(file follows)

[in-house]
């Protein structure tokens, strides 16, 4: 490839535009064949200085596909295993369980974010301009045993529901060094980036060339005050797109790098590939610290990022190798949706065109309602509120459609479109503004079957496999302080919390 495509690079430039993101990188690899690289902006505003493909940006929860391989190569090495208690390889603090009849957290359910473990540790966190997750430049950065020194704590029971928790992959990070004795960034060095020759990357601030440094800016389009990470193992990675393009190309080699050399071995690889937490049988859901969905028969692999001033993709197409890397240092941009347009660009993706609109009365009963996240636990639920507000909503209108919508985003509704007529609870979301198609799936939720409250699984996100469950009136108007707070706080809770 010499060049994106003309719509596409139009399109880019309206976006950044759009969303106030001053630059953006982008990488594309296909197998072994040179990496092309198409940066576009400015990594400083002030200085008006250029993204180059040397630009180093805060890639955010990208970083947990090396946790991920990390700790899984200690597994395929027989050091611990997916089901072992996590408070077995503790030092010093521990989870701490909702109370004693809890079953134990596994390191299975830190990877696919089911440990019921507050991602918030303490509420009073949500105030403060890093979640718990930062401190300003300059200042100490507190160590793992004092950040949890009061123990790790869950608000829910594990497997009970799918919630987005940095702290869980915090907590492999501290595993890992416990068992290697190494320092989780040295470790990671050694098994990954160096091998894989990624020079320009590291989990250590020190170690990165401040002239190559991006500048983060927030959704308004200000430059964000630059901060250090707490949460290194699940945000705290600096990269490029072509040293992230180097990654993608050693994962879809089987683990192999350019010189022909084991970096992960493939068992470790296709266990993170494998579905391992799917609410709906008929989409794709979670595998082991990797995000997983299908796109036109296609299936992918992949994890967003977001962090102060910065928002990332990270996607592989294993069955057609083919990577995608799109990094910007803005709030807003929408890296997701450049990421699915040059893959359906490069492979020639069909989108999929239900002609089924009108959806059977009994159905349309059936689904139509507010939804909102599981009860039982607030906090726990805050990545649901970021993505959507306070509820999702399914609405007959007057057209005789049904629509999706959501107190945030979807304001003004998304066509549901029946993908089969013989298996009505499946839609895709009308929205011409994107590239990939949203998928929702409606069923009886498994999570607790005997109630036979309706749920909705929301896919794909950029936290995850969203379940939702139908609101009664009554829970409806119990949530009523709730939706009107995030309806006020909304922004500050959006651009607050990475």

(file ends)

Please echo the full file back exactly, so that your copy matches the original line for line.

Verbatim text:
[in-house]
């Protein structure tokens, strides 16, 4: 490839535009064949200085596909295993369980974010301009045993529901060094980036060339005050797109790098590939610290990022190798949706065109309602509120459609479109503004079957496999302080919390 495509690079430039993101990188690899690289902006505003493909940006929860391989190569090495208690390889603090009849957290359910473990540790966190997750430049950065020194704590029971928790992959990070004795960034060095020759990357601030440094800016389009990470193992990675393009190309080699050399071995690889937490049988859901969905028969692999001033993709197409890397240092941009347009660009993706609109009365009963996240636990639920507000909503209108919508985003509704007529609870979301198609799936939720409250699984996100469950009136108007707070706080809770 010499060049994106003309719509596409139009399109880019309206976006950044759009969303106030001053630059953006982008990488594309296909197998072994040179990496092309198409940066576009400015990594400083002030200085008006250029993204180059040397630009180093805060890639955010990208970083947990090396946790991920990390700790899984200690597994395929027989050091611990997916089901072992996590408070077995503790030092010093521990989870701490909702109370004693809890079953134990596994390191299975830190990877696919089911440990019921507050991602918030303490509420009073949500105030403060890093979640718990930062401190300003300059200042100490507190160590793992004092950040949890009061123990790790869950608000829910594990497997009970799918919630987005940095702290869980915090907590492999501290595993890992416990068992290697190494320092989780040295470790990671050694098994990954160096091998894989990624020079320009590291989990250590020190170690990165401040002239190559991006500048983060927030959704308004200000430059964000630059901060250090707490949460290194699940945000705290600096990269490029072509040293992230180097990654993608050693994962879809089987683990192999350019010189022909084991970096992960493939068992470790296709266990993170494998579905391992799917609410709906008929989409794709979670595998082991990797995000997983299908796109036109296609299936992918992949994890967003977001962090102060910065928002990332990270996607592989294993069955057609083919990577995608799109990094910007803005709030807003929408890296997701450049990421699915040059893959359906490069492979020639069909989108999929239900002609089924009108959806059977009994159905349309059936689904139509507010939804909102599981009860039982607030906090726990805050990545649901970021993505959507306070509820999702399914609405007959007057057209005789049904629509999706959501107190945030979807304001003004998304066509549901029946993908089969013989298996009505499946839609895709009308929205011409994107590239990939949203998928929702409606069923009886498994999570607790005997109630036979309706749920909705929301896919794909950029936290995850969203379940939702139908609101009664009554829970409806119990949530009523709730939706009107995030309806006020909304922004500050959006651009607050990475």